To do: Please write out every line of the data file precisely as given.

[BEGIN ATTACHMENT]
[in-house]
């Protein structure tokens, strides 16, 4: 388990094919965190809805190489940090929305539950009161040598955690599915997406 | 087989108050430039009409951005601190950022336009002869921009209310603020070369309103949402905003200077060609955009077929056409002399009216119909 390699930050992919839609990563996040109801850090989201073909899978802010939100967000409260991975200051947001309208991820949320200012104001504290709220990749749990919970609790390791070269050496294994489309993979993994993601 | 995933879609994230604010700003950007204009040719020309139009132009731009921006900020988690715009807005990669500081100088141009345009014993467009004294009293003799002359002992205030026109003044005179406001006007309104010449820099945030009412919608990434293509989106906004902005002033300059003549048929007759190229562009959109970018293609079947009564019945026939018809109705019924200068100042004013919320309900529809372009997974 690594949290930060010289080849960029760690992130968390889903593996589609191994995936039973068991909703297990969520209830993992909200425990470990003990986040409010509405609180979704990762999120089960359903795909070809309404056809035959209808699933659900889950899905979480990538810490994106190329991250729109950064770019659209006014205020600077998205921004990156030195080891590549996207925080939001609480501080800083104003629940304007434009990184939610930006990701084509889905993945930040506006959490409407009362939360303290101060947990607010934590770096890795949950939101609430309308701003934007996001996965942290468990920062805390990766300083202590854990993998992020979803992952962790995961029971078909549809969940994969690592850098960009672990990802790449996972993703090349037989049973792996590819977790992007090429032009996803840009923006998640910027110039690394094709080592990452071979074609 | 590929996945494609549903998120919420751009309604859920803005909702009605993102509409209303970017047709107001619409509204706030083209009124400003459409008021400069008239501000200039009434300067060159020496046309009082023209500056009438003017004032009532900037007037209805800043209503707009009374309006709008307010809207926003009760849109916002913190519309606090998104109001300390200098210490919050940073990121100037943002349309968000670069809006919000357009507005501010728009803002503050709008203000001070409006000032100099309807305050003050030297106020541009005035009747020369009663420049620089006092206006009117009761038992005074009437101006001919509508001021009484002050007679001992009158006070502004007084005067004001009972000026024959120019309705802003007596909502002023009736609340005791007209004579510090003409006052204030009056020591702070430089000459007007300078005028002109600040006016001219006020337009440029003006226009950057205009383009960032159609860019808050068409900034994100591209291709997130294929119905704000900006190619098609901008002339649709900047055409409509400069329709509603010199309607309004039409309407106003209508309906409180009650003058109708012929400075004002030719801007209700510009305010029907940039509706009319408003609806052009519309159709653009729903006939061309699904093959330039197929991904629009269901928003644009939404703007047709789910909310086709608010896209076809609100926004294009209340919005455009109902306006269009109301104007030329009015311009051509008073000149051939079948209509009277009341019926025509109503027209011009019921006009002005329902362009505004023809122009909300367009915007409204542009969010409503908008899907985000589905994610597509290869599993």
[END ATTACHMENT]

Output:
[in-house]
């Protein structure tokens, strides 16, 4: 388990094919965190809805190489940090929305539950009161040598955690599915997406 | 087989108050430039009409951005601190950022336009002869921009209310603020070369309103949402905003200077060609955009077929056409002399009216119909 390699930050992919839609990563996040109801850090989201073909899978802010939100967000409260991975200051947001309208991820949320200012104001504290709220990749749990919970609790390791070269050496294994489309993979993994993601 | 995933879609994230604010700003950007204009040719020309139009132009731009921006900020988690715009807005990669500081100088141009345009014993467009004294009293003799002359002992205030026109003044005179406001006007309104010449820099945030009412919608990434293509989106906004902005002033300059003549048929007759190229562009959109970018293609079947009564019945026939018809109705019924200068100042004013919320309900529809372009997974 690594949290930060010289080849960029760690992130968390889903593996589609191994995936039973068991909703297990969520209830993992909200425990470990003990986040409010509405609180979704990762999120089960359903795909070809309404056809035959209808699933659900889950899905979480990538810490994106190329991250729109950064770019659209006014205020600077998205921004990156030195080891590549996207925080939001609480501080800083104003629940304007434009990184939610930006990701084509889905993945930040506006959490409407009362939360303290101060947990607010934590770096890795949950939101609430309308701003934007996001996965942290468990920062805390990766300083202590854990993998992020979803992952962790995961029971078909549809969940994969690592850098960009672990990802790449996972993703090349037989049973792996590819977790992007090429032009996803840009923006998640910027110039690394094709080592990452071979074609 | 590929996945494609549903998120919420751009309604859920803005909702009605993102509409209303970017047709107001619409509204706030083209009124400003459409008021400069008239501000200039009434300067060159020496046309009082023209500056009438003017004032009532900037007037209805800043209503707009009374309006709008307010809207926003009760849109916002913190519309606090998104109001300390200098210490919050940073990121100037943002349309968000670069809006919000357009507005501010728009803002503050709008203000001070409006000032100099309807305050003050030297106020541009005035009747020369009663420049620089006092206006009117009761038992005074009437101006001919509508001021009484002050007679001992009158006070502004007084005067004001009972000026024959120019309705802003007596909502002023009736609340005791007209004579510090003409006052204030009056020591702070430089000459007007300078005028002109600040006016001219006020337009440029003006226009950057205009383009960032159609860019808050068409900034994100591209291709997130294929119905704000900006190619098609901008002339649709900047055409409509400069329709509603010199309607309004039409309407106003209508309906409180009650003058109708012929400075004002030719801007209700510009305010029907940039509706009319408003609806052009519309159709653009729903006939061309699904093959330039197929991904629009269901928003644009939404703007047709789910909310086709608010896209076809609100926004294009209340919005455009109902306006269009109301104007030329009015311009051509008073000149051939079948209509009277009341019926025509109503027209011009019921006009002005329902362009505004023809122009909300367009915007409204542009969010409503908008899907985000589905994610597509290869599993």